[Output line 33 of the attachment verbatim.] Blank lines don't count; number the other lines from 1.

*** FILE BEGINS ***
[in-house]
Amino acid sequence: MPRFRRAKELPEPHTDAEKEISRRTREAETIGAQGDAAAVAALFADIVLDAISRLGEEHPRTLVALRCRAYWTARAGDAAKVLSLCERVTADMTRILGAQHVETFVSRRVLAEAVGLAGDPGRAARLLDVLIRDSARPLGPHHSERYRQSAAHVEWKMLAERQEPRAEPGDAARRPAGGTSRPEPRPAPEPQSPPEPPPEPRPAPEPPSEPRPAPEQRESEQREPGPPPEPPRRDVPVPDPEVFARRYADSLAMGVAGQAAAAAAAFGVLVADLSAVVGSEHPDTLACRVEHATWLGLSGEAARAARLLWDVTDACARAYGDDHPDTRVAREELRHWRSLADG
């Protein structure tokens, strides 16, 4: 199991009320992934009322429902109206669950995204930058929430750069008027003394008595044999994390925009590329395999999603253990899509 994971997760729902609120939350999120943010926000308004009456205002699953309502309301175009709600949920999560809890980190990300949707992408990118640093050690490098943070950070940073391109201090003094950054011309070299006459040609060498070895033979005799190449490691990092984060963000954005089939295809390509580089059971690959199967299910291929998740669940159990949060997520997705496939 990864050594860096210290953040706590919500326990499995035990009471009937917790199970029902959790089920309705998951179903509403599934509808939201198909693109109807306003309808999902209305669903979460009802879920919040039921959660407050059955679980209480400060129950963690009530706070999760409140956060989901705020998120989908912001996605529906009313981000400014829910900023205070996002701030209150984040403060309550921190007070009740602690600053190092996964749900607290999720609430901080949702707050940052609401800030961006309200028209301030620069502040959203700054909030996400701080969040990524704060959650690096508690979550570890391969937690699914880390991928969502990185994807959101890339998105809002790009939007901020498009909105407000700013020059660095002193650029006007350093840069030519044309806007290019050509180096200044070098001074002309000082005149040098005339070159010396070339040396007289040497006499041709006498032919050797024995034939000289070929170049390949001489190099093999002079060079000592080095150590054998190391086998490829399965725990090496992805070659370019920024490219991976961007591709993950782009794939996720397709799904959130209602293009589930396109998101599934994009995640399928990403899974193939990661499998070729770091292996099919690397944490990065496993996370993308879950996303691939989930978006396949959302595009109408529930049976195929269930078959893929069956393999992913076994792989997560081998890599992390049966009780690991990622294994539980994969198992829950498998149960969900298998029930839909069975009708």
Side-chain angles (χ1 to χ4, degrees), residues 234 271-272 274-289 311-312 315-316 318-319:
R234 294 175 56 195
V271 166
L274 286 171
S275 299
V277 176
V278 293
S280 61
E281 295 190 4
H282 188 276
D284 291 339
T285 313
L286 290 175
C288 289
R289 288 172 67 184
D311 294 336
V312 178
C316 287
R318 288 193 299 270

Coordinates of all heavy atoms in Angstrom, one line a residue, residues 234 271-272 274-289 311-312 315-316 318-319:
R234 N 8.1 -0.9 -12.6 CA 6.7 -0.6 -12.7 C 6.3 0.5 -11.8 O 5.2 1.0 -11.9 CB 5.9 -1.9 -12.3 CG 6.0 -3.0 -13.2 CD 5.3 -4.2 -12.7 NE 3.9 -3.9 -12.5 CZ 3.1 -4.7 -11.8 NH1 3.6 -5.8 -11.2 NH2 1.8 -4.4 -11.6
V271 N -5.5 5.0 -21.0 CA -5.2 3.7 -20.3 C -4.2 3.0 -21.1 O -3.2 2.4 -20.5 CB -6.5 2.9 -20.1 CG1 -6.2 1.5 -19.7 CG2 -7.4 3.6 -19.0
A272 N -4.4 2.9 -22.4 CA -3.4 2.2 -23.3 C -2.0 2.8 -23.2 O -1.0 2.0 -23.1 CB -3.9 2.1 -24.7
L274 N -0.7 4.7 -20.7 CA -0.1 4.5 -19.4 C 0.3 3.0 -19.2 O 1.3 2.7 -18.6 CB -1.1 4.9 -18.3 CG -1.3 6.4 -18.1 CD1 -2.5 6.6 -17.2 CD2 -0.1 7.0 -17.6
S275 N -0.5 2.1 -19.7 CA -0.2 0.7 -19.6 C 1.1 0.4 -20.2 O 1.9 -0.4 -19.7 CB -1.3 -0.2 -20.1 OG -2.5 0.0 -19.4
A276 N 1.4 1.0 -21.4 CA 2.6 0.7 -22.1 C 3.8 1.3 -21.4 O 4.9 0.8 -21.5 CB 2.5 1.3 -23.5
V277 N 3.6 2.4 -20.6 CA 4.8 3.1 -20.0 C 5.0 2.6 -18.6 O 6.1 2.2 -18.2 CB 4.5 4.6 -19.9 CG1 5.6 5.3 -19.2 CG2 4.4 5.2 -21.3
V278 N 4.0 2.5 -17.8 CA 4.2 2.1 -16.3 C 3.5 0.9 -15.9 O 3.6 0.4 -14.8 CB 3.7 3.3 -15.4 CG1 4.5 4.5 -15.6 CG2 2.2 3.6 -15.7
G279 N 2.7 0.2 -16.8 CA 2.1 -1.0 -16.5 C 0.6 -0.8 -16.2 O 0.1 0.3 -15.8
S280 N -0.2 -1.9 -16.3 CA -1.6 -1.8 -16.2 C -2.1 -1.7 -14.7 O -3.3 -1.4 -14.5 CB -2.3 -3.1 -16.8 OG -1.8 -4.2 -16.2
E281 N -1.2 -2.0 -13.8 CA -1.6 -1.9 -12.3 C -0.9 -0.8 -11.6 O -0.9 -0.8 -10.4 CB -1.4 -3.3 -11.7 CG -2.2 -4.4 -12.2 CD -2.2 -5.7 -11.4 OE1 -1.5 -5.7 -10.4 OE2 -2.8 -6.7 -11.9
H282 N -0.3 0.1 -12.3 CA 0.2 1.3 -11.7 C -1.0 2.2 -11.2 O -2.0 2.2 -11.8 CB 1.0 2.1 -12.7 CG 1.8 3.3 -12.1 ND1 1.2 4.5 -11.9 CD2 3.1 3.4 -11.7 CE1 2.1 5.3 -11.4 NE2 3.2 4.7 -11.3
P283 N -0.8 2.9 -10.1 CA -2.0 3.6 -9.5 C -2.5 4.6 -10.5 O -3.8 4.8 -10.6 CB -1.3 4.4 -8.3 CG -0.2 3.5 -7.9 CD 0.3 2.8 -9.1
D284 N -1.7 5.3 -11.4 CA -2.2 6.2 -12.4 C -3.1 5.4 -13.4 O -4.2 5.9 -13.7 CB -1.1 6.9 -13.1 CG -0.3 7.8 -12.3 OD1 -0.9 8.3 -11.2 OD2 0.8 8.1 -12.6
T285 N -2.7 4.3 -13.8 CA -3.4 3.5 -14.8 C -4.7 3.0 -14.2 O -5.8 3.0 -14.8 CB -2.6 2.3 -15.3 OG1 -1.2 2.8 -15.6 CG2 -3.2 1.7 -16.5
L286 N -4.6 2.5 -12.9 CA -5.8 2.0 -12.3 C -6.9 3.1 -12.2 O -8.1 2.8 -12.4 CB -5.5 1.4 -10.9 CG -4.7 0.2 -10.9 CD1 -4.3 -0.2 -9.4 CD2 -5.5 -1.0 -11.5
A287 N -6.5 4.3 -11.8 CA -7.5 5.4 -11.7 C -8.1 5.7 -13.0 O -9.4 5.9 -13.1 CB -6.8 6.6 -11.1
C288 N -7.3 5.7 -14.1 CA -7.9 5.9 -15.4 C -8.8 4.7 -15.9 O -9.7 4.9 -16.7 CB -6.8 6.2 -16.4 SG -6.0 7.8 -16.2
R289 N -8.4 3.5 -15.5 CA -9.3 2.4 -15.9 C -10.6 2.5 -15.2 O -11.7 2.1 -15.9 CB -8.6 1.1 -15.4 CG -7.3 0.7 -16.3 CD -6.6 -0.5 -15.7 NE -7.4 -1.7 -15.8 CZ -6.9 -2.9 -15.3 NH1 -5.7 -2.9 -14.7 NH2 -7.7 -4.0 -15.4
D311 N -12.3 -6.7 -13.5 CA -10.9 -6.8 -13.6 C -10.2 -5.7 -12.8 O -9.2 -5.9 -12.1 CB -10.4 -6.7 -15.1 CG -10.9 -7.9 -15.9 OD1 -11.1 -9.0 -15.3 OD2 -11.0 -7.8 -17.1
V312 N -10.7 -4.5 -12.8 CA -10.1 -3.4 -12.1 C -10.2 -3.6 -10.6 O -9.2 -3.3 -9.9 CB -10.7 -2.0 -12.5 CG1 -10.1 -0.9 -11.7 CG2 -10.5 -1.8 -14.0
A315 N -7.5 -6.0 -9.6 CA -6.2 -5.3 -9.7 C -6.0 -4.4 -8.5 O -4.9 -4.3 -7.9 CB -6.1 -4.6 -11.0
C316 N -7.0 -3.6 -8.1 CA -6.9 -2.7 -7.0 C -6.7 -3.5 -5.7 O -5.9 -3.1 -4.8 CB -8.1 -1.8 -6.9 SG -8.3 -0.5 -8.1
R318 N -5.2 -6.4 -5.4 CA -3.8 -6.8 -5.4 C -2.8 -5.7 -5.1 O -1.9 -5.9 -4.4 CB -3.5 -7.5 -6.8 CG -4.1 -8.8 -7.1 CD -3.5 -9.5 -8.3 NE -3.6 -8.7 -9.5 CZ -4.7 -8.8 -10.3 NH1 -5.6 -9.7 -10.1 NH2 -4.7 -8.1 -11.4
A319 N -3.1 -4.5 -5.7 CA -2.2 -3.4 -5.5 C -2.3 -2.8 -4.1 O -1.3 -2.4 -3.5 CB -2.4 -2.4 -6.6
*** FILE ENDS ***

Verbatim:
S280 N -0.2 -1.9 -16.3 CA -1.6 -1.8 -16.2 C -2.1 -1.7 -14.7 O -3.3 -1.4 -14.5 CB -2.3 -3.1 -16.8 OG -1.8 -4.2 -16.2